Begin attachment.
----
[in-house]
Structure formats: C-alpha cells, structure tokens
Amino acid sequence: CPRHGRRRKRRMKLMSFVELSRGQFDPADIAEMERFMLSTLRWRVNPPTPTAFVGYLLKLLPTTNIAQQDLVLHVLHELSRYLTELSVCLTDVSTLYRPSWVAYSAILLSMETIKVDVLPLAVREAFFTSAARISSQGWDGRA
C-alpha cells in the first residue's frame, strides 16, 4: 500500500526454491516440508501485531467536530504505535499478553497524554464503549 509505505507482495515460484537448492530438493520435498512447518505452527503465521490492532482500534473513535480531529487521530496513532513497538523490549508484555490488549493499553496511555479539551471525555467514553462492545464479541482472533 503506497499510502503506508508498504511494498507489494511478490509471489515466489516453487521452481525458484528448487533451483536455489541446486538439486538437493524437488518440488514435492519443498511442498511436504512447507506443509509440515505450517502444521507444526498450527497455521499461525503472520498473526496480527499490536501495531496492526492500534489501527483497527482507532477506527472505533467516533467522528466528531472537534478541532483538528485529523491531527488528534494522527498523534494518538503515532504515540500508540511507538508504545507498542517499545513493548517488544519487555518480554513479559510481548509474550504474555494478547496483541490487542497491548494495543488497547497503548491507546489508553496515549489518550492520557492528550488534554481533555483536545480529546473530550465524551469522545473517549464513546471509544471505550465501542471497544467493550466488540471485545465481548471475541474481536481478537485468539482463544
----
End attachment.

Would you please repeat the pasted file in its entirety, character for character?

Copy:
[in-house]
Structure formats: C-alpha cells, structure tokens
Amino acid sequence: CPRHGRRRKRRMKLMSFVELSRGQFDPADIAEMERFMLSTLRWRVNPPTPTAFVGYLLKLLPTTNIAQQDLVLHVLHELSRYLTELSVCLTDVSTLYRPSWVAYSAILLSMETIKVDVLPLAVREAFFTSAARISSQGWDGRA
C-alpha cells in the first residue's frame, strides 16, 4: 500500500526454491516440508501485531467536530504505535499478553497524554464503549 509505505507482495515460484537448492530438493520435498512447518505452527503465521490492532482500534473513535480531529487521530496513532513497538523490549508484555490488549493499553496511555479539551471525555467514553462492545464479541482472533 503506497499510502503506508508498504511494498507489494511478490509471489515466489516453487521452481525458484528448487533451483536455489541446486538439486538437493524437488518440488514435492519443498511442498511436504512447507506443509509440515505450517502444521507444526498450527497455521499461525503472520498473526496480527499490536501495531496492526492500534489501527483497527482507532477506527472505533467516533467522528466528531472537534478541532483538528485529523491531527488528534494522527498523534494518538503515532504515540500508540511507538508504545507498542517499545513493548517488544519487555518480554513479559510481548509474550504474555494478547496483541490487542497491548494495543488497547497503548491507546489508553496515549489518550492520557492528550488534554481533555483536545480529546473530550465524551469522545473517549464513546471509544471505550465501542471497544467493550466488540471485545465481548471475541474481536481478537485468539482463544